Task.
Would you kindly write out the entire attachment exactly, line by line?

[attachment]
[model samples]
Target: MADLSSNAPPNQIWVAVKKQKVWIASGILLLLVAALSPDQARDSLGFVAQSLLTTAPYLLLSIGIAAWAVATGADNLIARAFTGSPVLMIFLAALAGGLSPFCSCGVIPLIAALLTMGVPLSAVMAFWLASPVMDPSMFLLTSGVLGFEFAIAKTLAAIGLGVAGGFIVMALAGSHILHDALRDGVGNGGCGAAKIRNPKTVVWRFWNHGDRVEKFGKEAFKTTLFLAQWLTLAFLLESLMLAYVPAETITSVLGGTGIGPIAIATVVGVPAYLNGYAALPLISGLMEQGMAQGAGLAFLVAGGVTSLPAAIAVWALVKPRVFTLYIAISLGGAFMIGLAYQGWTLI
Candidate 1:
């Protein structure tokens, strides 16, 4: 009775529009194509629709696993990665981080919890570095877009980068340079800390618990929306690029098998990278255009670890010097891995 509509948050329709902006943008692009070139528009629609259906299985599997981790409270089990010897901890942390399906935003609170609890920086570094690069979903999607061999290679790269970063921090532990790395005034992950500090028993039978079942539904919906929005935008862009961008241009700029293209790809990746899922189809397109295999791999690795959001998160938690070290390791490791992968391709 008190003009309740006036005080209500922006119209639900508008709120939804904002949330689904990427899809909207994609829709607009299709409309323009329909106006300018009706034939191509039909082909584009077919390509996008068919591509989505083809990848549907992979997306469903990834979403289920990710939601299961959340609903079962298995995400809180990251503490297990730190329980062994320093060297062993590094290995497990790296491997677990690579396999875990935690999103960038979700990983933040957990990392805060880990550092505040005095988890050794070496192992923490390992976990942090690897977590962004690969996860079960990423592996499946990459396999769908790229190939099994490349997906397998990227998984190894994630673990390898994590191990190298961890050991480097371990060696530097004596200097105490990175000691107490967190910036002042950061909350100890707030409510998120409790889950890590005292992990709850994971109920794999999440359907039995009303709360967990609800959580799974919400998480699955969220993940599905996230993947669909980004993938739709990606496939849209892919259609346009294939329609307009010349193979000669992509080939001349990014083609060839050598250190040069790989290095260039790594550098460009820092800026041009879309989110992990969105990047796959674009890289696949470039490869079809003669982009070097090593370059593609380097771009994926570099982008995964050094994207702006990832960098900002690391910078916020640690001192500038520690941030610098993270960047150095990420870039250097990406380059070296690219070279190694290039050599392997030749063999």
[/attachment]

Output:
[model samples]
Target: MADLSSNAPPNQIWVAVKKQKVWIASGILLLLVAALSPDQARDSLGFVAQSLLTTAPYLLLSIGIAAWAVATGADNLIARAFTGSPVLMIFLAALAGGLSPFCSCGVIPLIAALLTMGVPLSAVMAFWLASPVMDPSMFLLTSGVLGFEFAIAKTLAAIGLGVAGGFIVMALAGSHILHDALRDGVGNGGCGAAKIRNPKTVVWRFWNHGDRVEKFGKEAFKTTLFLAQWLTLAFLLESLMLAYVPAETITSVLGGTGIGPIAIATVVGVPAYLNGYAALPLISGLMEQGMAQGAGLAFLVAGGVTSLPAAIAVWALVKPRVFTLYIAISLGGAFMIGLAYQGWTLI
Candidate 1:
């Protein structure tokens, strides 16, 4: 009775529009194509629709696993990665981080919890570095877009980068340079800390618990929306690029098998990278255009670890010097891995 509509948050329709902006943008692009070139528009629609259906299985599997981790409270089990010897901890942390399906935003609170609890920086570094690069979903999607061999290679790269970063921090532990790395005034992950500090028993039978079942539904919906929005935008862009961008241009700029293209790809990746899922189809397109295999791999690795959001998160938690070290390791490791992968391709 008190003009309740006036005080209500922006119209639900508008709120939804904002949330689904990427899809909207994609829709607009299709409309323009329909106006300018009706034939191509039909082909584009077919390509996008068919591509989505083809990848549907992979997306469903990834979403289920990710939601299961959340609903079962298995995400809180990251503490297990730190329980062994320093060297062993590094290995497990790296491997677990690579396999875990935690999103960038979700990983933040957990990392805060880990550092505040005095988890050794070496192992923490390992976990942090690897977590962004690969996860079960990423592996499946990459396999769908790229190939099994490349997906397998990227998984190894994630673990390898994590191990190298961890050991480097371990060696530097004596200097105490990175000691107490967190910036002042950061909350100890707030409510998120409790889950890590005292992990709850994971109920794999999440359907039995009303709360967990609800959580799974919400998480699955969220993940599905996230993947669909980004993938739709990606496939849209892919259609346009294939329609307009010349193979000669992509080939001349990014083609060839050598250190040069790989290095260039790594550098460009820092800026041009879309989110992990969105990047796959674009890289696949470039490869079809003669982009070097090593370059593609380097771009994926570099982008995964050094994207702006990832960098900002690391910078916020640690001192500038520690941030610098993270960047150095990420870039250097990406380059070296690219070279190694290039050599392997030749063999």